Boundary Garden Vignettes

Beasts Of Heaven

“The Unionites are holding fast at the city center, Your Grace. Their Lancer units have proven… difficult to overcome.”

The Warpriest reclined on his couch, robes heavy and still.  

Distant: artillery rumble. Closer: blessed utterance, whispers against the profane.


The Warpriest’s tent was crowded with command staff, sweating in their carapace armor and heavy wool uniforms.

Cornucopian summer was humid. Feverish. There should be rain, but the initial bombardment had shattered the storms.  

The world didn’t want them there, Neeraja thought.  


The generals reports were dour.

“Fleetmaster Iall reports that initial bombardment has clouded the troposphere with ash and dust. Our targeting lasers cannot pierce the chaff.”

“Centuries Ist, Yaa, Ree, and Ve have been all but depleted.”


Neeraja stood towards the back of the Warpriest’s retinue.

A soft pull towards the back of her head.

Hush, she thought. Rest.

Her Soul ached. Unionite anti-system weapons -- Her debrief would tell her more, if she could get to it.

The roar of jets overhead shook the tent.


They passed, the generals and projected fleetmasters looked to each other, sighing relief.

“Why do you fear beasts of heaven?” The Warpriest spoke. “Those are ours, can you not tell?” He scoffed. “Children playing war.” He beckoned the commanders to his cartograph. “Observe.”


The cartograph was sterile. It showed death, but no bodies. No cost. A city projected in miniature, wireframe under swirling black pyres.

Neeraja did not lean in with the rest of them. She closed her eyes.

“Flame?” A general muttered approvingly. “Good coverage. They cannot hide.”


A polite round of applause followed the bombing run.

“How much longer until my orbitals have returned to me?” The Warpriest asked.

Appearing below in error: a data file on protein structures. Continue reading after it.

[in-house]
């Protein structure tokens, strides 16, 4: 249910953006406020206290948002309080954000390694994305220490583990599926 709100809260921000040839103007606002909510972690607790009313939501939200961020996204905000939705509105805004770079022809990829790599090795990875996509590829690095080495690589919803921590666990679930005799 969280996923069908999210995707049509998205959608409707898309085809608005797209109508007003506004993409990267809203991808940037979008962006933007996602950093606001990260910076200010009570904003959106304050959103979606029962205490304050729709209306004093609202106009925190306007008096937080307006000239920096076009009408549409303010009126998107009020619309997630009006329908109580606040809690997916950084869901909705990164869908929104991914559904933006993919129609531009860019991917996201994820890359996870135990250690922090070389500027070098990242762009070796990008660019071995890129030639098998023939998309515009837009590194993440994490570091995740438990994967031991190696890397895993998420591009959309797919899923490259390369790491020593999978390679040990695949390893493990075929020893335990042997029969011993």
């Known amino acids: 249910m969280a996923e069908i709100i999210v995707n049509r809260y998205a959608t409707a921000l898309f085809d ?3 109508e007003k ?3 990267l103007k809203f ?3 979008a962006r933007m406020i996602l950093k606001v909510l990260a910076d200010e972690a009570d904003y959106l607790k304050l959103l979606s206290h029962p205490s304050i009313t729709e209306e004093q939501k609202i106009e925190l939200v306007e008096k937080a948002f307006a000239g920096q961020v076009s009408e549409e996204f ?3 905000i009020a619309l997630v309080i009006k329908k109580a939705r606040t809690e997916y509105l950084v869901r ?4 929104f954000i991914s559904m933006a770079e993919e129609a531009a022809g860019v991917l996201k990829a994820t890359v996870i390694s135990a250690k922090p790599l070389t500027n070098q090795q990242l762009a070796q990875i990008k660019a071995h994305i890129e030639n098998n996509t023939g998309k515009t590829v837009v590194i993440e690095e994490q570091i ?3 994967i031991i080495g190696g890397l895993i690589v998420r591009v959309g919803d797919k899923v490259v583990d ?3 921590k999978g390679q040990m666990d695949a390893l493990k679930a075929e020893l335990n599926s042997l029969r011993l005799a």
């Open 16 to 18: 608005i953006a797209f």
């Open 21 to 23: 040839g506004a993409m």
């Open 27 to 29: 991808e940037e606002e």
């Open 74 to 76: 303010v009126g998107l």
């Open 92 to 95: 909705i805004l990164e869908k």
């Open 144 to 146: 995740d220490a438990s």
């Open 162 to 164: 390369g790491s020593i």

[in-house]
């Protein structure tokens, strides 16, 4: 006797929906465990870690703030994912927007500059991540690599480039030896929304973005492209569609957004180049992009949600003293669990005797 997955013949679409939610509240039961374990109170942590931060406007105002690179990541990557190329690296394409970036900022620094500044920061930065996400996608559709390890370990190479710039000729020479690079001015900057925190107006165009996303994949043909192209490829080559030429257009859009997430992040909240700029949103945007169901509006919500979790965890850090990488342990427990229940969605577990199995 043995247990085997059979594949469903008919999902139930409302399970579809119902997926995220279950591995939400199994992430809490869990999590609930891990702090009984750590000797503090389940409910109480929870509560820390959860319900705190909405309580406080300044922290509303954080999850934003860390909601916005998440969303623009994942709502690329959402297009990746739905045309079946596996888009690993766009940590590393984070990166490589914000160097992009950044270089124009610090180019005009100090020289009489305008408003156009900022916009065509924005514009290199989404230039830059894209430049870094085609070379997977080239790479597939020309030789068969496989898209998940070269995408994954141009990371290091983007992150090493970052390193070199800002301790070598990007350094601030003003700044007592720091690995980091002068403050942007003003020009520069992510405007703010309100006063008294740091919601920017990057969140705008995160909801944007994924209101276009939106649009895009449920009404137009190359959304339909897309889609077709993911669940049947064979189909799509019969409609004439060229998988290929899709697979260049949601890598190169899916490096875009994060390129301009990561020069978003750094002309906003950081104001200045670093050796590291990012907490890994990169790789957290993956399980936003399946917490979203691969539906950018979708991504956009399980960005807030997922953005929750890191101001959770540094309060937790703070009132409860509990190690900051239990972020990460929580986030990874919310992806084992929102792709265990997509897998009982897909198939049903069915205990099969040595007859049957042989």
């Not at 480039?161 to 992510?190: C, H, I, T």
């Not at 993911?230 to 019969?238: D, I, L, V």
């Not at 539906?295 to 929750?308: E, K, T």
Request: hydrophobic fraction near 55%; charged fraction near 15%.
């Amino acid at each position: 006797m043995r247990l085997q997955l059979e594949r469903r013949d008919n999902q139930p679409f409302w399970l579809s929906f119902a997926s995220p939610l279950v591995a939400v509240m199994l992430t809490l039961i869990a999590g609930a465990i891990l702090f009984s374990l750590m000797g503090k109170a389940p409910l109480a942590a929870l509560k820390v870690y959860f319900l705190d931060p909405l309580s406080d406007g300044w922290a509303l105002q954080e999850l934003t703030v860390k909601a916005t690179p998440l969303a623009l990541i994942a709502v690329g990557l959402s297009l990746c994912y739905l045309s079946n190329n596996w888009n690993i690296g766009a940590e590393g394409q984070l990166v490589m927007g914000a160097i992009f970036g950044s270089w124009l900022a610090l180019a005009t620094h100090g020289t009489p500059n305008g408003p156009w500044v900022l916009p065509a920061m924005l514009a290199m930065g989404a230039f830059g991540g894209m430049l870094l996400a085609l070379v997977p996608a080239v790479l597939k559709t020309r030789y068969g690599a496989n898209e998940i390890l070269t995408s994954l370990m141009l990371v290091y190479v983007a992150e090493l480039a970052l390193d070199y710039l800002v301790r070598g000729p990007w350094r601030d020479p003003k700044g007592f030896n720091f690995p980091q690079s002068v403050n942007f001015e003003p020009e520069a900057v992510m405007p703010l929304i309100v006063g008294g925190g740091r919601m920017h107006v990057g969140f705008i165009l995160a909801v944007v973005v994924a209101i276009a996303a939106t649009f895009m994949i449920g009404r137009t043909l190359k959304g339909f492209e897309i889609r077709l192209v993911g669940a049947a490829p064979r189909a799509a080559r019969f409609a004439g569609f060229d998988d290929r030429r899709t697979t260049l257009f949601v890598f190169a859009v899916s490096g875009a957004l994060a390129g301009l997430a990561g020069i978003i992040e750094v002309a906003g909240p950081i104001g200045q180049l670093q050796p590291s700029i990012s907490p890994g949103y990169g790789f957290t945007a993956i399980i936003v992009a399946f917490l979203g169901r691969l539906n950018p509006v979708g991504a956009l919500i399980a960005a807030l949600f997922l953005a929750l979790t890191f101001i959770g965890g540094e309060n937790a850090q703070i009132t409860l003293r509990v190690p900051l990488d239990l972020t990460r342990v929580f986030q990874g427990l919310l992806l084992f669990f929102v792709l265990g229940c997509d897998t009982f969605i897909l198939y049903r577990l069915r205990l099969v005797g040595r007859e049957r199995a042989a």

“An hour at most,” a fleetmaster replied.

“And my Ofanim, how fare their Souls?”

Neeraja started, stood at attention. “Eager, your grace.”


The meeting left ash in her mouth. She strode across the churned mud of the encampment, back to her Ofanim section.  

We are supposed to save these people, she thought. And yet we slaughter them by the tens of thousands.

What glory could we build this way? What kingdom?


Her sectionmates greeted Neeraja as she entered the section bivouac.

“Attend to your Ofanim,” Neeraja ordered. “The Warpriest will set us upon the city.”

“We are the second wave?”

“Yes. The city holds. We are to drop from HALO.”

Her sectionmates muttered, shared glances.


Aboard the HALO disc, Ofanim Aun’Ist, Section Ist, prepared.

The first down would be Solom and Biwan, guardians to clear the LZ

Then, Saam and Mirah, furies, to hold the corridor

Finally, Neeraja herself. Chosen, to lead

It would be her first drop; inside her helm, soothing Word.


They navigated the acrid smoke above the city, black pillars that stood miles into the sky.

Ash fell like snow, embers even this high up.

Below, explosions burst, flak like rain from the earth.  

A dim glow marked the vast fires where they would land.




The ‘scape lit: a HALO to their flank, lanced by anti-orbital fire.

The Warpriest continued his sermon.


Neeraja held on to the crash handles in her cockpit, her stomach lurched.

Their HALO banked, turning hard. It was not enough.

A flash, Saam and Mirah’s IF/F signatures winked red, then faded.

“Sister! By n-”

Biwan, gone.

Neeraja cursed the crusade.

The fall was endless.